Summary. We show that, in functional data classification problems, perfect asymptotic classification is often possible, making use of the intrinsic very high dimensional nature of functional data. This performance is often achieved by linear methods, which are optimal in
important cases. These results point to a marked contrast between classification for functional data and its counterpart in conventional multivariate analysis, where the dimension is kept fixed as the sample size diverges. In the latter setting, linear methods can sometimes be quite inefficient,
and there are no prospects for asymptotically perfect classification, except in pathological cases where, for example, a variance vanishes. By way of contrast, in finite samples of functional data, good performance can be achieved by truncated versions of linear methods. Truncation can be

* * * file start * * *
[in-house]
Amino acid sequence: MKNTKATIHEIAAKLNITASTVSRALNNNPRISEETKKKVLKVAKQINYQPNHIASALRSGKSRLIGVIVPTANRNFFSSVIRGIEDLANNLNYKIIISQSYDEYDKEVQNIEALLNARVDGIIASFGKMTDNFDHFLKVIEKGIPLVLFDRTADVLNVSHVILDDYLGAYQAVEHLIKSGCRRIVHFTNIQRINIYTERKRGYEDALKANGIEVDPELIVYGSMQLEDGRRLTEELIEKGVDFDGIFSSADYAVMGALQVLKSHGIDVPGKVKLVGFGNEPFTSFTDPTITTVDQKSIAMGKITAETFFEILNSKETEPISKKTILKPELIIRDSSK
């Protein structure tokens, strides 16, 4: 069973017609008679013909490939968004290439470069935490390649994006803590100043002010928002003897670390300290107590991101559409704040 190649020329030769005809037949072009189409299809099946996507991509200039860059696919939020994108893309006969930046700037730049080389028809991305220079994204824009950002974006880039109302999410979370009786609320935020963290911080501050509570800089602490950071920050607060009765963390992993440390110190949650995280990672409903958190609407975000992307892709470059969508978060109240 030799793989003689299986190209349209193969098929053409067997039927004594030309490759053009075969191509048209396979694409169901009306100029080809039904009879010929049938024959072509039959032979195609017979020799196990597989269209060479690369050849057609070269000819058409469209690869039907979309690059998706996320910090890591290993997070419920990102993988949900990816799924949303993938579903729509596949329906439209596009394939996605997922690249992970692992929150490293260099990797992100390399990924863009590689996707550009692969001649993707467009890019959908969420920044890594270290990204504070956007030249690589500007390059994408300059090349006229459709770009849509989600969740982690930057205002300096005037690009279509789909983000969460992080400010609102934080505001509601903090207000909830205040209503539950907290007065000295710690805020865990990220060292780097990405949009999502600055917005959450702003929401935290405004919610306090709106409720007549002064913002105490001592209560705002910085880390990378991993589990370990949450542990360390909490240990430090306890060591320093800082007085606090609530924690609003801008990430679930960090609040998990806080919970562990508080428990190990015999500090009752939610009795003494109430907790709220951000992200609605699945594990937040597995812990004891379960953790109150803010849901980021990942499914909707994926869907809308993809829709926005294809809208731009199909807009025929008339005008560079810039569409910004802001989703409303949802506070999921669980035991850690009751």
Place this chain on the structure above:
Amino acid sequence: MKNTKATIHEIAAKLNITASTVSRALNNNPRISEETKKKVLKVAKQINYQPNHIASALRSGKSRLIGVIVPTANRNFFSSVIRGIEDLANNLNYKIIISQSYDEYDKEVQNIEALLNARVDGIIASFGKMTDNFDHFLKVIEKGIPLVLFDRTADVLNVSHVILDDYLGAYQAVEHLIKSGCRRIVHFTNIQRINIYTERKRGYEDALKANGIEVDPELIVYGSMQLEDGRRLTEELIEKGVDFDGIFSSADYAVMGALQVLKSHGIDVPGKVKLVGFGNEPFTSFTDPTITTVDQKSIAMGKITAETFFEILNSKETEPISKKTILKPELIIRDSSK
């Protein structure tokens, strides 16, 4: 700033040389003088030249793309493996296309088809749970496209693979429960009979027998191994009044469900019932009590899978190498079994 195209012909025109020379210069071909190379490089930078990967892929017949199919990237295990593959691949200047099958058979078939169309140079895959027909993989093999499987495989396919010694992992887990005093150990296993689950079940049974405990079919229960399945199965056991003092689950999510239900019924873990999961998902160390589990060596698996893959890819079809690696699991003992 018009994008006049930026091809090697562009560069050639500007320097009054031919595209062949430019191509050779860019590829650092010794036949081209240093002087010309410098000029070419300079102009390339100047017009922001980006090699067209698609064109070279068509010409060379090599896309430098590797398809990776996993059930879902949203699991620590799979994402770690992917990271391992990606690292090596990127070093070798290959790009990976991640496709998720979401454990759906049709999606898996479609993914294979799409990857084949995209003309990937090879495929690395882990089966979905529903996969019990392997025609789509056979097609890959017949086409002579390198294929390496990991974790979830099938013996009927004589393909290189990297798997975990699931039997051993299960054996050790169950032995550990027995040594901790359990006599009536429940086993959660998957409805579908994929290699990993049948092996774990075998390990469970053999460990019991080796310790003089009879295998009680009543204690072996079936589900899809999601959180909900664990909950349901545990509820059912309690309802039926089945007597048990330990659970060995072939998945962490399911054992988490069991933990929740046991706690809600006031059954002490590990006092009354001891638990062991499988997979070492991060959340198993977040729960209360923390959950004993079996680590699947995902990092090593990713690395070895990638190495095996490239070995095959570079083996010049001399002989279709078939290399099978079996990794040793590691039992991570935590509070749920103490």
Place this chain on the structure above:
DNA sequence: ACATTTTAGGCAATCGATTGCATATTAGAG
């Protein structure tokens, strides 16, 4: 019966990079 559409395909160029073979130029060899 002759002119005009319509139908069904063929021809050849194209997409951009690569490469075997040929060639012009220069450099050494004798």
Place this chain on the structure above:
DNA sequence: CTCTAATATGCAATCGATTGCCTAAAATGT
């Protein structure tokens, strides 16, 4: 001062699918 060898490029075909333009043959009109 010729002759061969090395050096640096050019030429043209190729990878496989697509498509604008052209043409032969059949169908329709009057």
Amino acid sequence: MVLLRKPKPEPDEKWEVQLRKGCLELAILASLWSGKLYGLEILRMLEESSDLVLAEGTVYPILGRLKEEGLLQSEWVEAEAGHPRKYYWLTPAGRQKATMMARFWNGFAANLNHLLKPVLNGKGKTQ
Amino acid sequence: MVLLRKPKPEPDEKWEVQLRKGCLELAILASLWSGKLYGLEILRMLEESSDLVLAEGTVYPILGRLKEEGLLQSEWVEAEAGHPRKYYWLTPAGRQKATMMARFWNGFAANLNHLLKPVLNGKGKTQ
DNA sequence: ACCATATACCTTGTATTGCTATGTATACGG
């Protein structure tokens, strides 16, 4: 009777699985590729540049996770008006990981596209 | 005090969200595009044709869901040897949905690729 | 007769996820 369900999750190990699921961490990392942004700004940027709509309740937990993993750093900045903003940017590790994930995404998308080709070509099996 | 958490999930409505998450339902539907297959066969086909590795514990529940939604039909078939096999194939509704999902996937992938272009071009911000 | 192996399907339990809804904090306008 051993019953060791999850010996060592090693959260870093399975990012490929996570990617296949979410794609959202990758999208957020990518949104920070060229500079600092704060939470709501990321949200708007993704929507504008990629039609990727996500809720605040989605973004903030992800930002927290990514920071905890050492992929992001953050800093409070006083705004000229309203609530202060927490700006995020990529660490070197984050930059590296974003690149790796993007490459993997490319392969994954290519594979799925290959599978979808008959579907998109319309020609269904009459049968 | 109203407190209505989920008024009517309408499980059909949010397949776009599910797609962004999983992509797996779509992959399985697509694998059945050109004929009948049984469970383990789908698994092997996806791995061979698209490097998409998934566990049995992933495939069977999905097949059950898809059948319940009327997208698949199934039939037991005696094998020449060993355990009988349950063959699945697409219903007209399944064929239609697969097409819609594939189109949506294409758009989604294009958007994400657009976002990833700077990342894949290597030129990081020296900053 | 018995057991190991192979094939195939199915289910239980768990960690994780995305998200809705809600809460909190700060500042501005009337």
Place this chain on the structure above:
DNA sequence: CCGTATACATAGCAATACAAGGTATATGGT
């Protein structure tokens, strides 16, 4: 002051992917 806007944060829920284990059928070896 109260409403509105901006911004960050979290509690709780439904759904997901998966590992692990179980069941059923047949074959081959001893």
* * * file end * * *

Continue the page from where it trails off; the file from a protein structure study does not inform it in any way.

implemented by partial least squares or projection onto a finite number of principal components, using, in both cases, cross‐validation to determine the truncation point. We establish consistency of the cross‐validation procedure.